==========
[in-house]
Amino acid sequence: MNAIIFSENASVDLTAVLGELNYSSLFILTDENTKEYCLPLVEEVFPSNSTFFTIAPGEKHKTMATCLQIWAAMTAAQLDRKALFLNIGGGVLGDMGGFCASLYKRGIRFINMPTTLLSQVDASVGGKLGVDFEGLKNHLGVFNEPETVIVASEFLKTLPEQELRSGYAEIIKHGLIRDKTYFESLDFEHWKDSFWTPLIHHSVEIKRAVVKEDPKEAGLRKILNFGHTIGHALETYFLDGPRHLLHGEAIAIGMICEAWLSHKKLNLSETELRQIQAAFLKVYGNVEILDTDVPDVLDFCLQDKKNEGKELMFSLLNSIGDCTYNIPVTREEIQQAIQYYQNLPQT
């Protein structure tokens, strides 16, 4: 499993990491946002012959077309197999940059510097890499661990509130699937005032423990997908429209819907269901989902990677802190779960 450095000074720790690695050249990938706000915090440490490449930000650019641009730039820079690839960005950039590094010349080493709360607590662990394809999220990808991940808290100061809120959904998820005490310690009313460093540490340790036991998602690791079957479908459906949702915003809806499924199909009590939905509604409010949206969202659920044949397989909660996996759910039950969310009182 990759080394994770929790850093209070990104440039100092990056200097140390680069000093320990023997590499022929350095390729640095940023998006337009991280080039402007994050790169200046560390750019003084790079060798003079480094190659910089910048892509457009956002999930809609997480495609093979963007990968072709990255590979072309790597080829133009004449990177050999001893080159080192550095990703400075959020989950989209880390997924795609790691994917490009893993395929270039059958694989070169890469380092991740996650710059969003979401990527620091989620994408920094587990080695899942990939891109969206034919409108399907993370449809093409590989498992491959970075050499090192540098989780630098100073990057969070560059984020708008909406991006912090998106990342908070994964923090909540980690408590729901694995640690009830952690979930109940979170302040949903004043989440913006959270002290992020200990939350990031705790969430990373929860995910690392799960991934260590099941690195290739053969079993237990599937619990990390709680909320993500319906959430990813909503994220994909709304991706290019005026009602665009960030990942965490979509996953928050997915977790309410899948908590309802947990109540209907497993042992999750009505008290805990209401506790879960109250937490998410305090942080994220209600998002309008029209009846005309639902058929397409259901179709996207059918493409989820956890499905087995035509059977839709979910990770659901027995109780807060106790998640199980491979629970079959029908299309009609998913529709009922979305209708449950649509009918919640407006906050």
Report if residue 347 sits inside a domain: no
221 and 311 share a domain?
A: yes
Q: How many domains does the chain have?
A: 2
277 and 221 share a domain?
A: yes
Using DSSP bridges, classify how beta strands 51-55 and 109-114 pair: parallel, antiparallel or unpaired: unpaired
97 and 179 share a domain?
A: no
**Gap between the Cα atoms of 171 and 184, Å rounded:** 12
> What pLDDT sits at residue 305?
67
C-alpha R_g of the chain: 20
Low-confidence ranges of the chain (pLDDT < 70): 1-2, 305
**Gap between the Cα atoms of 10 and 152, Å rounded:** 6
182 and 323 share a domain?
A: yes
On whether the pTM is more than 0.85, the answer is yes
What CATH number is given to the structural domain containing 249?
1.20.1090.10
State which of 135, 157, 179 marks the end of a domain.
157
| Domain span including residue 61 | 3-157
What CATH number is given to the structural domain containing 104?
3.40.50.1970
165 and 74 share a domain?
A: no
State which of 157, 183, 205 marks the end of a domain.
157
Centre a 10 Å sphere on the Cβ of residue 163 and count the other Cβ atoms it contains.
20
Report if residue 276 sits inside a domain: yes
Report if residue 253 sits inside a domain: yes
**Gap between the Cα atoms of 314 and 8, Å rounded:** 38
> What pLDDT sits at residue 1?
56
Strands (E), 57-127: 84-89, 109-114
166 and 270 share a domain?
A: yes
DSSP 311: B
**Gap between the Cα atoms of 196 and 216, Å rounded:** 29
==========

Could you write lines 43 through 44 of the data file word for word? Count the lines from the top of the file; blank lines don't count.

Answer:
A: yes
DSSP 311: B